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← Does Religious Liberty Equal Freedom to Discriminate?

RJMoore's Avatar Jump to comment 19 by RJMoore

Comment 16 by ColdThinker

Sure. But if we ban religious, even consentual human sacrifice on private premises, why would it be a religious right to refuse a gay couple a lodging and possibly let them freeze to death on a cold night?

Why would you ban anything that is consentual? Would you outlaw suicide generally or just in the case of religious folk's doing it?

Does an 'private' individual have the right to refuse access to his house on a freezing cold night?

Or refuse a certain kind of medical treatment on religious grounds?

Refused by whom? On whom? Are the rights of a third party being infringed?

One of the most important functions of the government of a civilized country is to limit the freedoms of its citizens.

Yes, but only in cases where a person has his/her rights infringed by other citizens; otherwise govt.'s function should be to ensure the maximum amount of freedom possible.

My point is I criticize the American habit of using the word "freedom" as if it is a good thing by definition.

But the writer of the article obviously thinks that liberty is a good thing.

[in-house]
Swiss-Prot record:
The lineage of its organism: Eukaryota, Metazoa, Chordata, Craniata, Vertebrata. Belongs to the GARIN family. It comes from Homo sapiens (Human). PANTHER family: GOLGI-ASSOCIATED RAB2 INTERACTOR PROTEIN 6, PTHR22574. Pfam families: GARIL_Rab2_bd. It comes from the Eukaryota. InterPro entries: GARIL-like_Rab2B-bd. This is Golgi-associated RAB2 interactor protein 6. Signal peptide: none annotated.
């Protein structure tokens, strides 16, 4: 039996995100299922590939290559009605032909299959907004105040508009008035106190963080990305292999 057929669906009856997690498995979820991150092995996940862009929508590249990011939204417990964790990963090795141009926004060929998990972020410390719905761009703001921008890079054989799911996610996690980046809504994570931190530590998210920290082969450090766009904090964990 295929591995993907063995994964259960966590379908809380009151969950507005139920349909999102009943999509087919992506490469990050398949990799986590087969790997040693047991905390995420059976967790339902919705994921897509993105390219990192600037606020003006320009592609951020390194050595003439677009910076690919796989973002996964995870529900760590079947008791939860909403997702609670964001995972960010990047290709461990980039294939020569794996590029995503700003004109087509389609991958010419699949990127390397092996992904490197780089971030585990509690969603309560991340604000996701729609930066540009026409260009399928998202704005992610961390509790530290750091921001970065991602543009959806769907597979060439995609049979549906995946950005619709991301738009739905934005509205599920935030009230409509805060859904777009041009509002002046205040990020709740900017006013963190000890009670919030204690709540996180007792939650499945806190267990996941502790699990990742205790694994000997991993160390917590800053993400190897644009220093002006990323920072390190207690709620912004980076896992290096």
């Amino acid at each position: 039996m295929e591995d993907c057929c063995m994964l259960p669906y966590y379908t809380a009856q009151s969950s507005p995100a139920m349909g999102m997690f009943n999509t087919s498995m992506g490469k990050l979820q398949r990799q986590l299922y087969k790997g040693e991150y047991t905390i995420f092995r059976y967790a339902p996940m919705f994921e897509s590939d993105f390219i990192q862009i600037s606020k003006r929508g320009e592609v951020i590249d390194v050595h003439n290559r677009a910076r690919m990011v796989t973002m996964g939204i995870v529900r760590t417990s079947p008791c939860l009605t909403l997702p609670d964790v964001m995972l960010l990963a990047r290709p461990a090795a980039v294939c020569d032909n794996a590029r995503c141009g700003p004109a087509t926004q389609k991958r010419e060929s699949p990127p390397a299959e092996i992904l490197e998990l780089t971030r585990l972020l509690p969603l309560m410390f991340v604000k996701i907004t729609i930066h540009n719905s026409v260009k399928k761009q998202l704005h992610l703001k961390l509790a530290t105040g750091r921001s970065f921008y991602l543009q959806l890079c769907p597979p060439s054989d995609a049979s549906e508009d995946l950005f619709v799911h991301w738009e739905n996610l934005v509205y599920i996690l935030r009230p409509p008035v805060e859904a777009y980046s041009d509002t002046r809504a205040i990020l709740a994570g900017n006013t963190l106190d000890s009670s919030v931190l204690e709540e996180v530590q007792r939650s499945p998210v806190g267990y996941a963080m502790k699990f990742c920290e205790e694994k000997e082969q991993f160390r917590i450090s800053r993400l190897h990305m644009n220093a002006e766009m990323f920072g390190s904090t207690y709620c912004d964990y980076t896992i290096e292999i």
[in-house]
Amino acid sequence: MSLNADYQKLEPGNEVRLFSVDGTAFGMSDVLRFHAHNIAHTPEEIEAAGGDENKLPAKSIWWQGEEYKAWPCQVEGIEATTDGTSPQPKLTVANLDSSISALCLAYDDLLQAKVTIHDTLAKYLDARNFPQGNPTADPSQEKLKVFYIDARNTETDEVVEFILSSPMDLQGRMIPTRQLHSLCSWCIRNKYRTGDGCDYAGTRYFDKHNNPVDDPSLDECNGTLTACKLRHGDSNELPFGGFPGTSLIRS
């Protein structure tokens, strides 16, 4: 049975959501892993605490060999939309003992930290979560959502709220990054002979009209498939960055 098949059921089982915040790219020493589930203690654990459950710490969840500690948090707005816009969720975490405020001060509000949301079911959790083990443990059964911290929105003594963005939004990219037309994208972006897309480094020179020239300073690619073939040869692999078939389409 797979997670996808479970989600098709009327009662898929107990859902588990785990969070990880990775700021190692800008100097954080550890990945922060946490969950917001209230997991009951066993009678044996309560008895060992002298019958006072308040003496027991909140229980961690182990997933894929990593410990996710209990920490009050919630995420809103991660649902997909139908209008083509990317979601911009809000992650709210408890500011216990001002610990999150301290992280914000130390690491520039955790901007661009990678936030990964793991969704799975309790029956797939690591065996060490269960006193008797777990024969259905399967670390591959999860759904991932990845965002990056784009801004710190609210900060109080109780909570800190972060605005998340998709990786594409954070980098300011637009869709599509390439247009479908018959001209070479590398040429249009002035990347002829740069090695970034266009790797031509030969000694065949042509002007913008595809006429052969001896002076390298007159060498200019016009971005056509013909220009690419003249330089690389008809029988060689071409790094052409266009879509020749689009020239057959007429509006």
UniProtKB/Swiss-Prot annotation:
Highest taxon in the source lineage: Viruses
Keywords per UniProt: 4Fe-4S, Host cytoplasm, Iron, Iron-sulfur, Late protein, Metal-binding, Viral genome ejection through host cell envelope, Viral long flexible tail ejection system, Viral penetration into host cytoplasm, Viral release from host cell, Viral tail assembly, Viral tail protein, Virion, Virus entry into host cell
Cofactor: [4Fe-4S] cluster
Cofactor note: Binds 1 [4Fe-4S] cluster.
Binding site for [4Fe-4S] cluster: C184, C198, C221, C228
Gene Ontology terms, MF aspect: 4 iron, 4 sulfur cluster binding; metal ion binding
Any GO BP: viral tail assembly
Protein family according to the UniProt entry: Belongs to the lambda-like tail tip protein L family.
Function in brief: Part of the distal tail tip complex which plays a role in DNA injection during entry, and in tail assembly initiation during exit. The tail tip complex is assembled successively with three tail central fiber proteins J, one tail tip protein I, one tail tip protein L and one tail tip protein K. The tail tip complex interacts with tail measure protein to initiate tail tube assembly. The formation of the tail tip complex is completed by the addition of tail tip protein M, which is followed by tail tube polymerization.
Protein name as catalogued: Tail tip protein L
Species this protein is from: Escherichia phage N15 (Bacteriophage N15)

Any freedom has to be defined by constant dialogue and careful political discourse.

Only where the rights of third parties are involved.

Accepting simple political statements like "Attacking Freedom is Bad" produces exactly this kind of idiotic situations, like defending physical and mental violence as a religious liberty.

Physical violence should be an no-no. You'd have to elaborate on whiat you mean by 'mental violence'.

Just another brief point: the writer says that, "In a democratic society, in principle governed by reason,...." Since when does democracy have anything to do with the 'reason' of its citizens?! All democracy means is that each person's vote is of equal value to the vote of every other person, in relation to the issues to be decided by citizens, e.g. electing one's local MP or Senator. The 'reason' behind each person's decision to vote the way he does has nothing to do with democracy; frankly, it's nobody's business.

Tue, 29 May 2012 11:17:11 UTC | #944202